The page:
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Dramatic advances in identifying protein biomarkers are spurring new hope in cancer diagnostics, expediting detection and easing testing

By Deborah Janssen

April 16, 2004 | The latest statistics from the American Cancer Society make for grim reading. More than 563,000 people will die of cancer this year — that's 1,500 people each day. One of the keys to reducing these numbers hinges on the fact that, if diagnosed before a tumor undergoes metastasis, the five-year survival rate can exceed 90 percent. "The war on cancer cannot be won with better cancer drugs," says Matritech CEO Stephen D. Chubb. "The major success we've had in the past 70 years has been with cervical cancer, and that's because we are able to detect and treat it at a precancerous stage. As a result, mortality can be reduced to virtually zero."

While big pharmas set their sights on the next Gleevec, biotechnology companies and government agencies are undertaking enormous efforts in molecular diagnostics, searching for proteins that may serve as biomarkers for early detection. This could lead to diagnostic tests that are simple, non-invasive, and cost-effective to the patient.

Nuclear Weapons 
Matritech's bladder cancer test marks the first application of the company's nuclear matrix protein (NMP) technology.

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"One of the most interesting aspects to come out of molecular taxonomy projects, particularly those utilizing microarray analysis, is that cancer is a very heterogeneous disease, perhaps even involving patient-specific signatures," says Emanuel Petricoin, co-director of the Clinical Proteomics Program, a joint venture between the FDA and the National Cancer Institute (NCI). Diagnosing cancer based on histological findings doesn't give the full picture, Petricoin says, which explains why there haven't been any new cancer biomarkers on the market.

In fact, the only current clinical biomarker tests in regular use for cancer are the prostate-specific antigen (PSA) test for prostate cancer, CA-125 for ovarian cancer, NMP22 for bladder cancer, mammography, and the Pap smear. The latter two involve more invasive procedures that many women avoid, thus getting diagnosed with cancer at a later stage. Although the PSA and CA-125 are good-quality single-diagnostic-marker tests that require only a simple blood test, they don't have the reliable predictive value.

 TEST PATTERN: Emanuel Petricoin of the Clinical Proteomics Program has helped develop a diagnostic approach involving pattern recognition. 
In short, it is difficult to find a single marker that has the sensitivity and specificity to achieve clinical utility. Fortunately, the future of cancer biomarkers is bright, largely as a result of advances in proteomics.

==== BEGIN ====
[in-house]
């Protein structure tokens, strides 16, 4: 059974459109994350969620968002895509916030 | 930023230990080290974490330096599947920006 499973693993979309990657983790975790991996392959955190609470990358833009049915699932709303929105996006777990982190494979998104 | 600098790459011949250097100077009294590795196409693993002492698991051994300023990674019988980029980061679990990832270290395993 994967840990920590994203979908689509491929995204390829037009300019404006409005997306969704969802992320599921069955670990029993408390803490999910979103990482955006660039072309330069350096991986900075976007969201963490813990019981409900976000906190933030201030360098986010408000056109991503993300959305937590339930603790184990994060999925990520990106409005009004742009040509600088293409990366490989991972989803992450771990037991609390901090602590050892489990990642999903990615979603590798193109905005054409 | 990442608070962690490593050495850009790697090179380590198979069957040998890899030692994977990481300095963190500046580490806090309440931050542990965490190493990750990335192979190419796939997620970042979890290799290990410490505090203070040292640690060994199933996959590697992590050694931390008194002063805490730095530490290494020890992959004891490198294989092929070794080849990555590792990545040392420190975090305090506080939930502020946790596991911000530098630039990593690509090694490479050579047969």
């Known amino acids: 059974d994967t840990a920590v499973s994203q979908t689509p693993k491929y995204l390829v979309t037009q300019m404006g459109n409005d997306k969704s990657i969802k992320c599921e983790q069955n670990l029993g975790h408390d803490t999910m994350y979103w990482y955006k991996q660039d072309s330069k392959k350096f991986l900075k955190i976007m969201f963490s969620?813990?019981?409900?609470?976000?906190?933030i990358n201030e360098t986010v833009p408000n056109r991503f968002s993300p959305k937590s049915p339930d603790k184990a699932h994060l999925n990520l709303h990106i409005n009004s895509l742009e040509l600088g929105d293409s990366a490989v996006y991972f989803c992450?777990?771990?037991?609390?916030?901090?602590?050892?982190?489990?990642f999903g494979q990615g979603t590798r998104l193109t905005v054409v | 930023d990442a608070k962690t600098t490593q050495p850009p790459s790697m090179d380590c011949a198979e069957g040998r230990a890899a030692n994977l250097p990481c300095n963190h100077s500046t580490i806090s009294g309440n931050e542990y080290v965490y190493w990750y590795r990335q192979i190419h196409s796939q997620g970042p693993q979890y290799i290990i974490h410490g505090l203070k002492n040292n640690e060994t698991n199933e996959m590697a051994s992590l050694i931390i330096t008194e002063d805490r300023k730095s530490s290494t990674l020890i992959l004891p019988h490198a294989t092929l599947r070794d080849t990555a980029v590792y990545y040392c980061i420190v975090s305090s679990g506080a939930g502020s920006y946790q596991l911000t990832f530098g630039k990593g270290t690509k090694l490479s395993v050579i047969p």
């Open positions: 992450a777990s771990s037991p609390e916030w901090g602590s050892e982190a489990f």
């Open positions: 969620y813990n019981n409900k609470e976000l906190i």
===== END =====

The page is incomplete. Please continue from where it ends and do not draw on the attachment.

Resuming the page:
Petricoin and the NCI's Lance Liotta are the co-developers of a new diagnostic paradigm: proteomic pattern diagnostics. This concept, which does not require standard immunoassays, is now being independently developed, commercialized, and validated, and could potentially result in a diagnostic blood test for the early detection of ovarian cancer.

The test, called OvaCheck, utilizes pioneering pattern-recognition technology from Correlogic Systems, in Bethesda, Md., which succeeded in detecting 100 percent of ovarian cancer cases, including stage one, the earliest and most curable stage of the disease (Petricoin, E.F. et al. The Lancet 359, 572-7; 2002). OvaCheck requires just a drop of blood, and will soon be developed as a laboratory-based test. Correlogic has a licensing agreement with Quest Diagnostics and Laboratory Corporation of America (LabCorp), the two largest clinical laboratories in the United States, which will make the test available through their laboratories and nationwide collection systems.

Correlogic's approach "looks at subtle changes in protein patterns in the blood, rather than an increase in an individual biomarker," says Peter Levine, president and CEO. From that concept came the development of the company's Knowledge Discovery Engine (KDE), so named because of the way it can extract knowledge hidden in the data, and not merely identify patterns.

Resources to Enhance Biomarker Discovery 

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The KDE is the heart of Proteome Quest, a sophisticated software tool that builds computational disease state models. "It works like a factory," Levine says. "When you feed the appropriate data into it, a computational model is constructed that is subsequently used to score individual protein patterns from patients that were prepared exactly the same way under the same conditions." The model is then used to observe if certain features or data points match a specific patient's patterns. "This allows us to apply the same technology and processes to different disease states without having to build a separate analytical platform for each disease," Levine says.

Using a genetic algorithm, the KDE is able to sift some 160,000 data points to find the appropriate ones that distinguish a disease state from a healthy state. The process essentially simulates evolution in a computer, which is much faster than nature.

"One can never capture the entire range of expressions of any disease, because there are just too many people," says Ben Hitt, Correlogic's chief scientific officer. No matter how good your algorithm is, Hitt says, there is bound to be at least one patient who is always going to fall outside of it. "Our algorithm has an adaptive feature that is able to recognize if it has seen previous patterns."